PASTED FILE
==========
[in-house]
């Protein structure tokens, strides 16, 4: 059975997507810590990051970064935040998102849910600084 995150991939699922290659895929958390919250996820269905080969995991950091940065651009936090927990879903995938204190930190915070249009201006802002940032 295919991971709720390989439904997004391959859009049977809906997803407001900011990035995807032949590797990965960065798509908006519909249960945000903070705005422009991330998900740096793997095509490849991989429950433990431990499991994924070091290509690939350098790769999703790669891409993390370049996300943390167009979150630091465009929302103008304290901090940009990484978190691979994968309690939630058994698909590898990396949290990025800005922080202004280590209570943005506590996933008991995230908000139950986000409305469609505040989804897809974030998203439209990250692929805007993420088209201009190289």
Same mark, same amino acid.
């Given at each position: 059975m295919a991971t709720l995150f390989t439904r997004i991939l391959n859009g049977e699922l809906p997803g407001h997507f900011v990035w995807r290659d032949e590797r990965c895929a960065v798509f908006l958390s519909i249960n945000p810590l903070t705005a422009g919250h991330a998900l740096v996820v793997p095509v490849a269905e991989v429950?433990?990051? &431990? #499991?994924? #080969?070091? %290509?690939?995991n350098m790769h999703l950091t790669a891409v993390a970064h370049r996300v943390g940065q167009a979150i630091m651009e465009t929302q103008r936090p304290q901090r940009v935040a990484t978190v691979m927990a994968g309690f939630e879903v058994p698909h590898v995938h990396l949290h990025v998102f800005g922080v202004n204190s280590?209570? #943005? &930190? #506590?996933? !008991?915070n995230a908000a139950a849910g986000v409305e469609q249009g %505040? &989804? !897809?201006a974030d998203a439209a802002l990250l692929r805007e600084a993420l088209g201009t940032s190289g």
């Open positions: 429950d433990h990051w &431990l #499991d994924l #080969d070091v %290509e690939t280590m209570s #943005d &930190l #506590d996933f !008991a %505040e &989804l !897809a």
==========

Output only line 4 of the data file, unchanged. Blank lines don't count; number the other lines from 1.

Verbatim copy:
């Given at each position: 059975m295919a991971t709720l995150f390989t439904r997004i991939l391959n859009g049977e699922l809906p997803g407001h997507f900011v990035w995807r290659d032949e590797r990965c895929a960065v798509f908006l958390s519909i249960n945000p810590l903070t705005a422009g919250h991330a998900l740096v996820v793997p095509v490849a269905e991989v429950?433990?990051? &431990? #499991?994924? #080969?070091? %290509?690939?995991n350098m790769h999703l950091t790669a891409v993390a970064h370049r996300v943390g940065q167009a979150i630091m651009e465009t929302q103008r936090p304290q901090r940009v935040a990484t978190v691979m927990a994968g309690f939630e879903v058994p698909h590898v995938h990396l949290h990025v998102f800005g922080v202004n204190s280590?209570? #943005? &930190? #506590?996933? !008991?915070n995230a908000a139950a849910g986000v409305e469609q249009g %505040? &989804? !897809?201006a974030d998203a439209a802002l990250l692929r805007e600084a993420l088209g201009t940032s190289g």